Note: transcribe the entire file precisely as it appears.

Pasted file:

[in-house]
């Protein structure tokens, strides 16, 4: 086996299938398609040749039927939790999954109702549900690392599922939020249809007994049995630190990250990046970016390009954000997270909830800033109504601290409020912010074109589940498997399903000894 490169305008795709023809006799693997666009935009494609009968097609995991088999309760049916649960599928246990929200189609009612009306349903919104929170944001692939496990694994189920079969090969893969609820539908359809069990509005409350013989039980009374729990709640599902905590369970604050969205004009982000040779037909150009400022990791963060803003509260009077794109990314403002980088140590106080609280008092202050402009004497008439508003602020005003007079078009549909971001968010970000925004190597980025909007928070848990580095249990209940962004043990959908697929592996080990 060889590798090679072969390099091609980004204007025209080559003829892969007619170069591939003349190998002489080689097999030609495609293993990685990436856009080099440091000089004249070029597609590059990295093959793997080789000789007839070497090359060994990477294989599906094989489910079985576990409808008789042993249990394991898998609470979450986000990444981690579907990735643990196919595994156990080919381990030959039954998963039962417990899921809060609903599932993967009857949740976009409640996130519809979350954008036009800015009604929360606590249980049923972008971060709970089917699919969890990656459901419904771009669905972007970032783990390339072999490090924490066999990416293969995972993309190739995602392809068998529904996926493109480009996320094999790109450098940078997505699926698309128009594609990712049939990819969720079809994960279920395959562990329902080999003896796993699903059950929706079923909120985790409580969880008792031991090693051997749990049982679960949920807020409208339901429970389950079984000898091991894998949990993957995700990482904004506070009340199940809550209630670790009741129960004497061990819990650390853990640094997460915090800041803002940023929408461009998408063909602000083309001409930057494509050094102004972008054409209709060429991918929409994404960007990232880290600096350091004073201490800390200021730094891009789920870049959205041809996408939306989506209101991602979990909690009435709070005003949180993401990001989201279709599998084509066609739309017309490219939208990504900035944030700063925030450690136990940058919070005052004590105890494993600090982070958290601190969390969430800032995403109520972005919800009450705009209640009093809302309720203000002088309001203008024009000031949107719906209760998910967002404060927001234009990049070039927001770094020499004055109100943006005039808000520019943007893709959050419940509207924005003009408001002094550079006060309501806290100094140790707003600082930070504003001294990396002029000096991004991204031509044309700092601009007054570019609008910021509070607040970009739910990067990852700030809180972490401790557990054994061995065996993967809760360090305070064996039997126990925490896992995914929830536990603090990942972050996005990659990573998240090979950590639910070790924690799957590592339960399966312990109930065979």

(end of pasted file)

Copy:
[in-house]
């Protein structure tokens, strides 16, 4: 086996299938398609040749039927939790999954109702549900690392599922939020249809007994049995630190990250990046970016390009954000997270909830800033109504601290409020912010074109589940498997399903000894 490169305008795709023809006799693997666009935009494609009968097609995991088999309760049916649960599928246990929200189609009612009306349903919104929170944001692939496990694994189920079969090969893969609820539908359809069990509005409350013989039980009374729990709640599902905590369970604050969205004009982000040779037909150009400022990791963060803003509260009077794109990314403002980088140590106080609280008092202050402009004497008439508003602020005003007079078009549909971001968010970000925004190597980025909007928070848990580095249990209940962004043990959908697929592996080990 060889590798090679072969390099091609980004204007025209080559003829892969007619170069591939003349190998002489080689097999030609495609293993990685990436856009080099440091000089004249070029597609590059990295093959793997080789000789007839070497090359060994990477294989599906094989489910079985576990409808008789042993249990394991898998609470979450986000990444981690579907990735643990196919595994156990080919381990030959039954998963039962417990899921809060609903599932993967009857949740976009409640996130519809979350954008036009800015009604929360606590249980049923972008971060709970089917699919969890990656459901419904771009669905972007970032783990390339072999490090924490066999990416293969995972993309190739995602392809068998529904996926493109480009996320094999790109450098940078997505699926698309128009594609990712049939990819969720079809994960279920395959562990329902080999003896796993699903059950929706079923909120985790409580969880008792031991090693051997749990049982679960949920807020409208339901429970389950079984000898091991894998949990993957995700990482904004506070009340199940809550209630670790009741129960004497061990819990650390853990640094997460915090800041803002940023929408461009998408063909602000083309001409930057494509050094102004972008054409209709060429991918929409994404960007990232880290600096350091004073201490800390200021730094891009789920870049959205041809996408939306989506209101991602979990909690009435709070005003949180993401990001989201279709599998084509066609739309017309490219939208990504900035944030700063925030450690136990940058919070005052004590105890494993600090982070958290601190969390969430800032995403109520972005919800009450705009209640009093809302309720203000002088309001203008024009000031949107719906209760998910967002404060927001234009990049070039927001770094020499004055109100943006005039808000520019943007893709959050419940509207924005003009408001002094550079006060309501806290100094140790707003600082930070504003001294990396002029000096991004991204031509044309700092601009007054570019609008910021509070607040970009739910990067990852700030809180972490401790557990054994061995065996993967809760360090305070064996039997126990925490896992995914929830536990603090990942972050996005990659990573998240090979950590639910070790924690799957590592339960399966312990109930065979």